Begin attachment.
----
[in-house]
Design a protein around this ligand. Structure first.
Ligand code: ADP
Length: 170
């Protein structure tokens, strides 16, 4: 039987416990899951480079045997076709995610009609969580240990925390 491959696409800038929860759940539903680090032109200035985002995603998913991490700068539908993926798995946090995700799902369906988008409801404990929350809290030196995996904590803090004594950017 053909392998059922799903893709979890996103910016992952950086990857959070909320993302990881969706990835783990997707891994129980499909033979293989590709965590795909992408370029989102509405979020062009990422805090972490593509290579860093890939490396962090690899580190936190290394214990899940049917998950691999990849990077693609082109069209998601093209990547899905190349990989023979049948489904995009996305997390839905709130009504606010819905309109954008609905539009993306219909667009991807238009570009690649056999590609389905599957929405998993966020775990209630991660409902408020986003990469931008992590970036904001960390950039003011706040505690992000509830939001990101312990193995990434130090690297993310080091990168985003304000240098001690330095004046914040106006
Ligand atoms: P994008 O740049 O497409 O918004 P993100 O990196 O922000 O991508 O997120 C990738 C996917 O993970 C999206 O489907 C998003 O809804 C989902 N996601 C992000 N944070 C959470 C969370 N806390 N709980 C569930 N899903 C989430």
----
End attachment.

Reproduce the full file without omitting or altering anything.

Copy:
[in-house]
Design a protein around this ligand. Structure first.
Ligand code: ADP
Length: 170
């Protein structure tokens, strides 16, 4: 039987416990899951480079045997076709995610009609969580240990925390 491959696409800038929860759940539903680090032109200035985002995603998913991490700068539908993926798995946090995700799902369906988008409801404990929350809290030196995996904590803090004594950017 053909392998059922799903893709979890996103910016992952950086990857959070909320993302990881969706990835783990997707891994129980499909033979293989590709965590795909992408370029989102509405979020062009990422805090972490593509290579860093890939490396962090690899580190936190290394214990899940049917998950691999990849990077693609082109069209998601093209990547899905190349990989023979049948489904995009996305997390839905709130009504606010819905309109954008609905539009993306219909667009991807238009570009690649056999590609389905599957929405998993966020775990209630991660409902408020986003990469931008992590970036904001960390950039003011706040505690992000509830939001990101312990193995990434130090690297993310080091990168985003304000240098001690330095004046914040106006
Ligand atoms: P994008 O740049 O497409 O918004 P993100 O990196 O922000 O991508 O997120 C990738 C996917 O993970 C999206 O489907 C998003 O809804 C989902 N996601 C992000 N944070 C959470 C969370 N806390 N709980 C569930 N899903 C989430």